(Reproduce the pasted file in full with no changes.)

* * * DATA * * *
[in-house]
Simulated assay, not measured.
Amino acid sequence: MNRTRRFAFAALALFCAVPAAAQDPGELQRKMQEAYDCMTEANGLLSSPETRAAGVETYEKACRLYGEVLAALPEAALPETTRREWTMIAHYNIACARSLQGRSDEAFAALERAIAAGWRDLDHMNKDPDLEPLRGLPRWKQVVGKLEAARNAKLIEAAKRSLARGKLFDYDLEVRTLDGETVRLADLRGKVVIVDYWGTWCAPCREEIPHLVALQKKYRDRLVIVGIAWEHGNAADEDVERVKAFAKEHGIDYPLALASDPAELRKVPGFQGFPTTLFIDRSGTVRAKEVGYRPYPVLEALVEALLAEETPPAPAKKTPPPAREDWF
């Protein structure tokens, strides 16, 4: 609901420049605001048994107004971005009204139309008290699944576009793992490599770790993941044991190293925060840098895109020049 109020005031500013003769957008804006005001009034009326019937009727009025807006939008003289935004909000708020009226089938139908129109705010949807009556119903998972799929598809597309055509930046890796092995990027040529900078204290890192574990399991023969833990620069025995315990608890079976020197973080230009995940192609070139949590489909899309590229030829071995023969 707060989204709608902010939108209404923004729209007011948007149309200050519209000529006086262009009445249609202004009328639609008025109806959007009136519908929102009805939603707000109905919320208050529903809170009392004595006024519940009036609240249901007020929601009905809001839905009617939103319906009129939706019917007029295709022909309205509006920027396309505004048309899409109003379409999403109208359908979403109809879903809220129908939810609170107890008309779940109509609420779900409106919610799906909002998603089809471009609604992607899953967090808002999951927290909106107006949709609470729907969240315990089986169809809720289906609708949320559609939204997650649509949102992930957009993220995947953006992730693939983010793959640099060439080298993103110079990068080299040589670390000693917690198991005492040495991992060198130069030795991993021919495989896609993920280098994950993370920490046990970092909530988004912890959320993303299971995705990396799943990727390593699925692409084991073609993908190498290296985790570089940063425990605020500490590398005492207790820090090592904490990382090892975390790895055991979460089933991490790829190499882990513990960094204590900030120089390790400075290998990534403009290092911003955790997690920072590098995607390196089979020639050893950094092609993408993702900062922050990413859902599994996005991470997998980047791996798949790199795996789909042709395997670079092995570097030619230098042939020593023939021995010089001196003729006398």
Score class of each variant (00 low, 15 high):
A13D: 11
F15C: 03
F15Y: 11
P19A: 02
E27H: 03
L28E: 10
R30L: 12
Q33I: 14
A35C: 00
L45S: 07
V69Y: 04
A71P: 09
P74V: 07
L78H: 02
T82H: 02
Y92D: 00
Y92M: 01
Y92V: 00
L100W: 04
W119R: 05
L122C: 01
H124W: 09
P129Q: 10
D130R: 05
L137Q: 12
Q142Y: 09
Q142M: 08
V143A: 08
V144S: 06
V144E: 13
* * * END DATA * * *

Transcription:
[in-house]
Simulated assay, not measured.
Amino acid sequence: MNRTRRFAFAALALFCAVPAAAQDPGELQRKMQEAYDCMTEANGLLSSPETRAAGVETYEKACRLYGEVLAALPEAALPETTRREWTMIAHYNIACARSLQGRSDEAFAALERAIAAGWRDLDHMNKDPDLEPLRGLPRWKQVVGKLEAARNAKLIEAAKRSLARGKLFDYDLEVRTLDGETVRLADLRGKVVIVDYWGTWCAPCREEIPHLVALQKKYRDRLVIVGIAWEHGNAADEDVERVKAFAKEHGIDYPLALASDPAELRKVPGFQGFPTTLFIDRSGTVRAKEVGYRPYPVLEALVEALLAEETPPAPAKKTPPPAREDWF
């Protein structure tokens, strides 16, 4: 609901420049605001048994107004971005009204139309008290699944576009793992490599770790993941044991190293925060840098895109020049 109020005031500013003769957008804006005001009034009326019937009727009025807006939008003289935004909000708020009226089938139908129109705010949807009556119903998972799929598809597309055509930046890796092995990027040529900078204290890192574990399991023969833990620069025995315990608890079976020197973080230009995940192609070139949590489909899309590229030829071995023969 707060989204709608902010939108209404923004729209007011948007149309200050519209000529006086262009009445249609202004009328639609008025109806959007009136519908929102009805939603707000109905919320208050529903809170009392004595006024519940009036609240249901007020929601009905809001839905009617939103319906009129939706019917007029295709022909309205509006920027396309505004048309899409109003379409999403109208359908979403109809879903809220129908939810609170107890008309779940109509609420779900409106919610799906909002998603089809471009609604992607899953967090808002999951927290909106107006949709609470729907969240315990089986169809809720289906609708949320559609939204997650649509949102992930957009993220995947953006992730693939983010793959640099060439080298993103110079990068080299040589670390000693917690198991005492040495991992060198130069030795991993021919495989896609993920280098994950993370920490046990970092909530988004912890959320993303299971995705990396799943990727390593699925692409084991073609993908190498290296985790570089940063425990605020500490590398005492207790820090090592904490990382090892975390790895055991979460089933991490790829190499882990513990960094204590900030120089390790400075290998990534403009290092911003955790997690920072590098995607390196089979020639050893950094092609993408993702900062922050990413859902599994996005991470997998980047791996798949790199795996789909042709395997670079092995570097030619230098042939020593023939021995010089001196003729006398």
Score class of each variant (00 low, 15 high):
A13D: 11
F15C: 03
F15Y: 11
P19A: 02
E27H: 03
L28E: 10
R30L: 12
Q33I: 14
A35C: 00
L45S: 07
V69Y: 04
A71P: 09
P74V: 07
L78H: 02
T82H: 02
Y92D: 00
Y92M: 01
Y92V: 00
L100W: 04
W119R: 05
L122C: 01
H124W: 09
P129Q: 10
D130R: 05
L137Q: 12
Q142Y: 09
Q142M: 08
V143A: 08
V144S: 06
V144E: 13